To apply prescribed drops at home, follow these steps: 

  • Gently clean the area around your dog’s eyes.
  • Hold your dog close to you so they don’t move. You might need assistance, depending on how large your dog is.
  • You can either wrap an arm around your dog’s shoulder or tilt their chin so their eyes are looking up. Pull their lower eyelid to create a little pouch. 
  • Apply the prescribed number of drops. Make sure that the tip of the bottle doesn’t touch the eye. 
  • Once you administer drops, release your grip. Dog’s natural blinking will spread the medicine across the eye. 
  • If your pet has been prescribed more than one eye medication, always make a five-minute break between applications. Make sure to apply ointment last. 

Can you prevent conjunctivitis in dogs? 

It’s possible to prevent some cases of conjunctivitis. For example, you can protect your dog from airborne irritants like perfumes, smoke and even dust. Keep up to date their vaccinations against diseases that tend to provoke conjunctivitis, like canine distemper and make sure they receive regular veterinary care. 

If your pet is infected with conjunctivitis, you need to keep them away and isolated from other animals until they are healthy again. Dogs that are constantly around other animals need to have their paws and faces wiped clean every time they come home. You should wash your hands after touching your dog’s face, toys or bowls. Remember that good hygiene will keep everyone safe. 


Is conjunctivitis contagious for other pets and humans? 

Allergy or injury-caused conjunctivitis is not contagious. If conjunctivitis results from an infection or a virus, it can be transmitted from one dog to another. Some types of bacterial conjunctivitis can potentially be passed to humans, but it rarely happens. 

If you are dealing with an infected dog, it’s really important to wash your hands to prevent the spread of the infection. Don’t touch your face when near the infected dog. If you notice any signs of infection, contact your doctor immediately. 

How long does conjunctivitis in dogs last? 

It depends on an underlying cause. Bacterial conjunctivitis can be fully resolved within seven days with appropriate treatment, while viral conjunctivitis needs at least three weeks of treatment. Allergic conjunctivitis is preset until the underlying allergen is eliminated and during the treatment the veterinary care is necessary. 

The most common dog vision problems

Cataracts in dogs

The cloudy appearance of a dog’s eyes is one of the first signs of cataracts in dogs. Early diagnosis is crucial since surgery might be able to preserve your pet’s eyesight. 






Glaucoma is a painful condition that can be treated. Symptoms include green or yellow discharge from their eye, bloodshot eyes, dilated pupils, or delayed reaction to blind light. If you leave glaucoma untreated, your dog may end up partially or completely blind. But the vet can perform a minimally invasive glaucoma surgery that will relieve intraocular pressure.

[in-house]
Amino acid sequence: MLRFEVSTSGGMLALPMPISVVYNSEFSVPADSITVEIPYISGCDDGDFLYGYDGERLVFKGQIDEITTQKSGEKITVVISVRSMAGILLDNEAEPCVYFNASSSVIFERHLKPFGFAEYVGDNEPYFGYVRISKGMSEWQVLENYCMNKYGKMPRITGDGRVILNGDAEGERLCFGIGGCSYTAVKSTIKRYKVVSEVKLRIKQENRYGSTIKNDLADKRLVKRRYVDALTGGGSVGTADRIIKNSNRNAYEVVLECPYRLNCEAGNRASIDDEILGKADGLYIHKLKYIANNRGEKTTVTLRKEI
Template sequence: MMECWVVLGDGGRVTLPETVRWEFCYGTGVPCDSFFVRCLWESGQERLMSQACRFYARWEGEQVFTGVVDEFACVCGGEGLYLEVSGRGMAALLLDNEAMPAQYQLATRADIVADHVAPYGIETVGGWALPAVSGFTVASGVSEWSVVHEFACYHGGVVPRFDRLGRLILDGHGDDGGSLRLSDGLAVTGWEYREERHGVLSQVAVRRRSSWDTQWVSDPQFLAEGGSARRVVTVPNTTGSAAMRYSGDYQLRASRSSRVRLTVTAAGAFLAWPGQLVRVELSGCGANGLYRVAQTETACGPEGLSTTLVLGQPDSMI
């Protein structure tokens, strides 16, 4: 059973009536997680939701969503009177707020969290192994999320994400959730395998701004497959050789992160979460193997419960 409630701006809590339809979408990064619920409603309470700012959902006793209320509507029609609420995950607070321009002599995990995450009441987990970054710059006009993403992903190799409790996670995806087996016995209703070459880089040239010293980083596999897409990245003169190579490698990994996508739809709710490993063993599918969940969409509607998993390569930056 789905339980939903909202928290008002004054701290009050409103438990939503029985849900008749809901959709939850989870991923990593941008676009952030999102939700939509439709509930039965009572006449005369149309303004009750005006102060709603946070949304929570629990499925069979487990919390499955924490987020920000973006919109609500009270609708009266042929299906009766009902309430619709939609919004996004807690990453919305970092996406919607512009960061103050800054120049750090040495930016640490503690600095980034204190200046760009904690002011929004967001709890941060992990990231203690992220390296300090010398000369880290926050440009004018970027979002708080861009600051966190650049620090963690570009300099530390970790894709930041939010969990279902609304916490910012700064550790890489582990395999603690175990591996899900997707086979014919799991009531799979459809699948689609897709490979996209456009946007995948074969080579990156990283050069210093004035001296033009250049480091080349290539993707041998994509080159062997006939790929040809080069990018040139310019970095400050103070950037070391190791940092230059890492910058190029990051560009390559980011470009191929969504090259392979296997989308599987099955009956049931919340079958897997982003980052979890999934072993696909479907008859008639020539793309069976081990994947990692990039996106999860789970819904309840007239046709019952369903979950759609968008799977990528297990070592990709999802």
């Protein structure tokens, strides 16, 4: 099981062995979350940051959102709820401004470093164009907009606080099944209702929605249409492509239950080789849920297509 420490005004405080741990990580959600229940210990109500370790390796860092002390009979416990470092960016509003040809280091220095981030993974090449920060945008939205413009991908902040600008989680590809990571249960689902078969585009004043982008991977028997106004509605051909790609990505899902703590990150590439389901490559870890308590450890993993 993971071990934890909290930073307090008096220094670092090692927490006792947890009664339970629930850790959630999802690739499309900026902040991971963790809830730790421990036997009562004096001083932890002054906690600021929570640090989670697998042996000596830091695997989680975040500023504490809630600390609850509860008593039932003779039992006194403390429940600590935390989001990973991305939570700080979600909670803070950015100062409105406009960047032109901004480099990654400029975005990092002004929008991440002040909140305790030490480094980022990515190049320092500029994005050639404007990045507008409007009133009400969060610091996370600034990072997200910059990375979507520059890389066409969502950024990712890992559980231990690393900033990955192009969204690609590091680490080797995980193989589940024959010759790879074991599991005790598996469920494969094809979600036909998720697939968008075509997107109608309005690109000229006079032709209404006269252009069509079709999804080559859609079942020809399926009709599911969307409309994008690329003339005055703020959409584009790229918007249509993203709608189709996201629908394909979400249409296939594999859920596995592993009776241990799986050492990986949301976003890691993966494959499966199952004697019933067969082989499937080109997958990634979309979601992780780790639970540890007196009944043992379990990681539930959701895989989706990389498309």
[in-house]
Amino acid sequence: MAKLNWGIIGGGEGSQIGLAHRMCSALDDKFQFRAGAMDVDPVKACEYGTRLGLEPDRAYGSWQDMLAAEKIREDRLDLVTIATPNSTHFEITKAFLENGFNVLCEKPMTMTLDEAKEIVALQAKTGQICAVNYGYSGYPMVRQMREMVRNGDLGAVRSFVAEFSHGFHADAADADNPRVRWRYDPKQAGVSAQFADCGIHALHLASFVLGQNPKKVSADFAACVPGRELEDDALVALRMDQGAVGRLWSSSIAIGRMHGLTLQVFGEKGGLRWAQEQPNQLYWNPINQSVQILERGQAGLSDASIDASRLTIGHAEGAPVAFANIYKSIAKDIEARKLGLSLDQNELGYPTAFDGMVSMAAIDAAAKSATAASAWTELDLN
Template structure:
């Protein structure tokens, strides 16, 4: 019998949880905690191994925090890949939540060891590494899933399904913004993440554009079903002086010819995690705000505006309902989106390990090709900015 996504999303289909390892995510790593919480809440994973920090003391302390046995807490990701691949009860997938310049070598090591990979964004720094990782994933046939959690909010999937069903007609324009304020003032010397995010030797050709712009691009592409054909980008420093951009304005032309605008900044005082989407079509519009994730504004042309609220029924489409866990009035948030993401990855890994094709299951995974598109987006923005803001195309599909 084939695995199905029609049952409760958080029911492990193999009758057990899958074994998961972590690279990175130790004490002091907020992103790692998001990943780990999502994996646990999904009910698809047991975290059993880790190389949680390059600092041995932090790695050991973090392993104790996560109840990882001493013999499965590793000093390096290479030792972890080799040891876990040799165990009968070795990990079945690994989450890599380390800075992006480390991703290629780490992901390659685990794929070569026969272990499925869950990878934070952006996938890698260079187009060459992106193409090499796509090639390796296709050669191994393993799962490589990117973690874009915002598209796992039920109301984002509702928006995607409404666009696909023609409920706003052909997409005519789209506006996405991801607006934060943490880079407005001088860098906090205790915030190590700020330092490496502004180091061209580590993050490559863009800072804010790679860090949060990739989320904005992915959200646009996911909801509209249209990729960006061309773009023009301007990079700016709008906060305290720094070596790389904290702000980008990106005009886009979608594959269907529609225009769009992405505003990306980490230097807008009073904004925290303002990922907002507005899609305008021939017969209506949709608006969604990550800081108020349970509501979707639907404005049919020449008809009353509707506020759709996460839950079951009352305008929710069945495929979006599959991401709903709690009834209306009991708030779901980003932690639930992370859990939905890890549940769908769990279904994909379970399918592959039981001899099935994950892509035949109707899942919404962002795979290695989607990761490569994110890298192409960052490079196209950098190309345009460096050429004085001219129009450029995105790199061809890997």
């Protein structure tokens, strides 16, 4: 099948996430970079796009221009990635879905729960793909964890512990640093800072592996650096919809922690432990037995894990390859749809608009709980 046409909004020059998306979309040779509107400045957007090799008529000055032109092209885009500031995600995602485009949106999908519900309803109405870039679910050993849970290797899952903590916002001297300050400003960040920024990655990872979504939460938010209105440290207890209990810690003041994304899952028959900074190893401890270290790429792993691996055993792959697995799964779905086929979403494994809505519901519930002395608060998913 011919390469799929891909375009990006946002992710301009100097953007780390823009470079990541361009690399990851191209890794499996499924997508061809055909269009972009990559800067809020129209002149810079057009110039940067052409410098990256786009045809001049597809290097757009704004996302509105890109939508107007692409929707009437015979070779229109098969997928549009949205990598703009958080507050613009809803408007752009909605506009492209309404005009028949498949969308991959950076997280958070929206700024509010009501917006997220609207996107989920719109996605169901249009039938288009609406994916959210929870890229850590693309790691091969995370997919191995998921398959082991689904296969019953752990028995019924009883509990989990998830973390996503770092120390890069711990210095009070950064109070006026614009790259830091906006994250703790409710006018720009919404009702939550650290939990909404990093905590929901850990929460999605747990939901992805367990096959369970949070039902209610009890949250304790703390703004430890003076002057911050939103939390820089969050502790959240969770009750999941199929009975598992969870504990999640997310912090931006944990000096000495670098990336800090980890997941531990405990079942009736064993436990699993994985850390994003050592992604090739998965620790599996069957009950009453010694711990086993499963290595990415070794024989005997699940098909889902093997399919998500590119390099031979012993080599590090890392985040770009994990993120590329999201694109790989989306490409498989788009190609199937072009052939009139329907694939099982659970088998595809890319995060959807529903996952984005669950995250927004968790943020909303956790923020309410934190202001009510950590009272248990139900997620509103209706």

Progressive Retinal Atrophy

Progressive Retinal Atrophy can be challenging to detect due to its slow progression. While painless, this condition causes the deterioration of the retina, leading to blindness. 

What is the best supplement for dog eye health?

The best dog eye health supplements improve eye health and vision, protect eye tissue and focus on retinal care. Some active ingredients you should be looking for are vitamin C, EPA+DHA, vitamin E, grape seed extract, alpha lipoic acid, rosmarinic acid, astaxanthin and green tea leaf extract, among others. 

Astaxanthin is one of the most powerful antioxidants, which can minimise dry eye symptoms, boost tear production and lower ocular inflammation. Vitamin C is one of the best vitamins for dog eye health, which protects the lens from UV oxidative damage. EPA+DHA are omega fatty acids that contain anti-inflammatory properties and are crucial for retinal health. 

The benefits of dog eye supplements 

  • Improve vision and eye health: Omega fatty acids and antioxidants are common ingredients in eye supplements that boost vision and support different eye structures. 
  • Increases retinal responses: Lutein is an antioxidant commonly used in eye supplements which improves retinal responses. Canines with poor eyesight tend to have slowed retinal responses. 
  • Eliminates free radicals: Vitamin E and vitamin C are known for neutralising free radicals and improving eye health. They also benefit the canine’s immune system. 


Best foods for dog eye health

A diet rich in antioxidants is highly beneficial for a dog’s eyesight. Unless instructed otherwise, your dog can eat these ingredients raw. To ensure good digestion, puree fruits and veggies. 

  • Blueberries: Flavonoids, phytonutrients and carotenoids
  • Carrots: Vitamin A and beta-carotene
  • Kale: Zeaxanthin antioxidants and Lutein 
  • Broccoli: Beta-carotene 
  • Sweet Potatoes: Anthocyanins and Beta-carotene 
  • Salmon: DHA, before swerving, deep-freeze raw salmon

If for some reason your dog refuses to eat these fruits and vegetables; you need to provide proper supplementation to ensure good eye health. 

Conjunctivitis in dogs is a common condition in dogs. Even though it’s not life-threatening, we suggest seeking vet treatment immediately. For good ocular health, start giving your pet dog eye supplements.